Jane Smiley’s Some Luck is part of a planned trilogy. Lots of good reading and writing to look forward to. She never disappoints. The book begins in the 1920s as soldiers return home. Walter is a farmer in Iowa and we follow his struggles through the Depression and then on to success in the 1950s. Through the decades, Rosanna is at his side – cranking out kids and supporting Walter and their life. Frank is the handsome, willful oldest son. He’s brilliant and enigmatic. Joe, never bright, turns out to be a great farmer. Lillian, the shallow beauty, has her issues. The youngest of six, Claire, is truly her Dad’s daughter and when this book ends we have no idea of her potential.
Personal and historical aspects of America merge seamlessly in this broad story of America and its growth. From the cover blurb – Some Luck delivers on everything we look for in a work of fiction. Cycles of birth and death, passions and betrayals, and characters we come to know inside and out, it is a tour de force. It’s a literary adventure that will span a century in America, an astonishing feat of storytelling by a beloved writer at the height of her powers. Indeed, you can count on Jane Smiley to slowly play her cards and deliver full characters that we care about.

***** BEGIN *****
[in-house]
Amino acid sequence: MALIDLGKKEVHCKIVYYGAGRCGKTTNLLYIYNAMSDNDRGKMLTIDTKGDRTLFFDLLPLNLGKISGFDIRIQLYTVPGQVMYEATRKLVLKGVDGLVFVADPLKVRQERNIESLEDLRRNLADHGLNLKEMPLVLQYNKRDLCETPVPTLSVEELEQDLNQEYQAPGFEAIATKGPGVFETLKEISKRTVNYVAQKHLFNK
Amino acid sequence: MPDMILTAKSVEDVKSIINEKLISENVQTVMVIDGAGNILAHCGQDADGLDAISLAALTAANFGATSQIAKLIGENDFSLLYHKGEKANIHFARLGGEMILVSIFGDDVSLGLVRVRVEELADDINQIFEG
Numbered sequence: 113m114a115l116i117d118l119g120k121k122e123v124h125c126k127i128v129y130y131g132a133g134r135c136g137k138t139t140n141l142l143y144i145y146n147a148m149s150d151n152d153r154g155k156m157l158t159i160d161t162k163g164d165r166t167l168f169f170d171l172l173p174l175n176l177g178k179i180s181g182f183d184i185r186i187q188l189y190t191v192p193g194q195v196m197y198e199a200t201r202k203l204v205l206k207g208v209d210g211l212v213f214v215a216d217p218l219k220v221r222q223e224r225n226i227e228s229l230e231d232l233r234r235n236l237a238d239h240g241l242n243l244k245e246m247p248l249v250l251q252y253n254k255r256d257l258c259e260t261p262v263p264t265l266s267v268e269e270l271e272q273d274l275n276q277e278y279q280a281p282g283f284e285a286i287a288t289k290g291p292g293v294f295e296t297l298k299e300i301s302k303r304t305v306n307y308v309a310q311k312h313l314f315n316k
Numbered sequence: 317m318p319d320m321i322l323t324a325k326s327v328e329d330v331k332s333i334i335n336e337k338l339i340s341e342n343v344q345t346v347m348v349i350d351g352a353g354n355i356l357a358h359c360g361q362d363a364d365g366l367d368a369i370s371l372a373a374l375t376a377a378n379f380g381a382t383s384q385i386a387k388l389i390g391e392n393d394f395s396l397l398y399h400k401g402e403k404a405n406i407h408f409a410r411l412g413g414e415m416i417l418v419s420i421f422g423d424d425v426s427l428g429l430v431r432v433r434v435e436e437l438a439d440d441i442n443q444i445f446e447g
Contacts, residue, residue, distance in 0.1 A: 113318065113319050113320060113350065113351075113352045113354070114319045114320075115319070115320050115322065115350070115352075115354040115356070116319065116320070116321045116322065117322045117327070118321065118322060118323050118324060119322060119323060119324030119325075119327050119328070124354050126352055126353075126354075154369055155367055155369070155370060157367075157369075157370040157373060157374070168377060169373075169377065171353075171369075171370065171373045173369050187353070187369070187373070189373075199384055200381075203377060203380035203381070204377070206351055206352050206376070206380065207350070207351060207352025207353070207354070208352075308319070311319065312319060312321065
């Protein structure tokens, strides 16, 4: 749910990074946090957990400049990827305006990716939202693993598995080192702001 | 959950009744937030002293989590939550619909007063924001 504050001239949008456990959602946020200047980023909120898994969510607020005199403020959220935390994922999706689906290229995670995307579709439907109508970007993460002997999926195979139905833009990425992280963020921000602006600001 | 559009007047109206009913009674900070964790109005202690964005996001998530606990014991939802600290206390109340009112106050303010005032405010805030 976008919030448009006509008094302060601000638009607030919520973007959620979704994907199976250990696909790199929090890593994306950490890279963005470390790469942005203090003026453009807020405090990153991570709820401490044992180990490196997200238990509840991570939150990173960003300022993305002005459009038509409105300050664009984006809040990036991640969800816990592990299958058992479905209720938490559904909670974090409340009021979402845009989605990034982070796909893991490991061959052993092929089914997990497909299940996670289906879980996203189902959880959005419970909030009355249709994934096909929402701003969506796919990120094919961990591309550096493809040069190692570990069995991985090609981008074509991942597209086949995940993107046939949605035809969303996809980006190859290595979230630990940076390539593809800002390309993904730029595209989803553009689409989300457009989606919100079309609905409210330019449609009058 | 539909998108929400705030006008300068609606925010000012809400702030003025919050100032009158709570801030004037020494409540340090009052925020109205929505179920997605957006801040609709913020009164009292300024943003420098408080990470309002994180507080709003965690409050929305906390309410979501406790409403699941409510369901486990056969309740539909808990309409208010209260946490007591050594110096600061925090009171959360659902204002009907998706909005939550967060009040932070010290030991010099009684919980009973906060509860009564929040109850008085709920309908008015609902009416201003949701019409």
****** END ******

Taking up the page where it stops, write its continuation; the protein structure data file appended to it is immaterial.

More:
p. 332 As if on cue, Walter turned from Andrea and looked at Rosanna, and they agreed in that instant; something had created itself from nothing – a dumpy old house had been filled, if only for that moment, with twenty-three different worlds, each one of them rich and mysterious.
Some Luck starts a tad slow, but it builds. It’s a pleasant read about a family. Join in and celebrate births, mourn deaths, and worry about whether the farm will produce or not. The book ends in 1952, and you’ll be wishing the next book was in the queue. What shall happen to the Langdon extended family? No doubt, they’ll muddle along with some luck. Join me in this trilogy.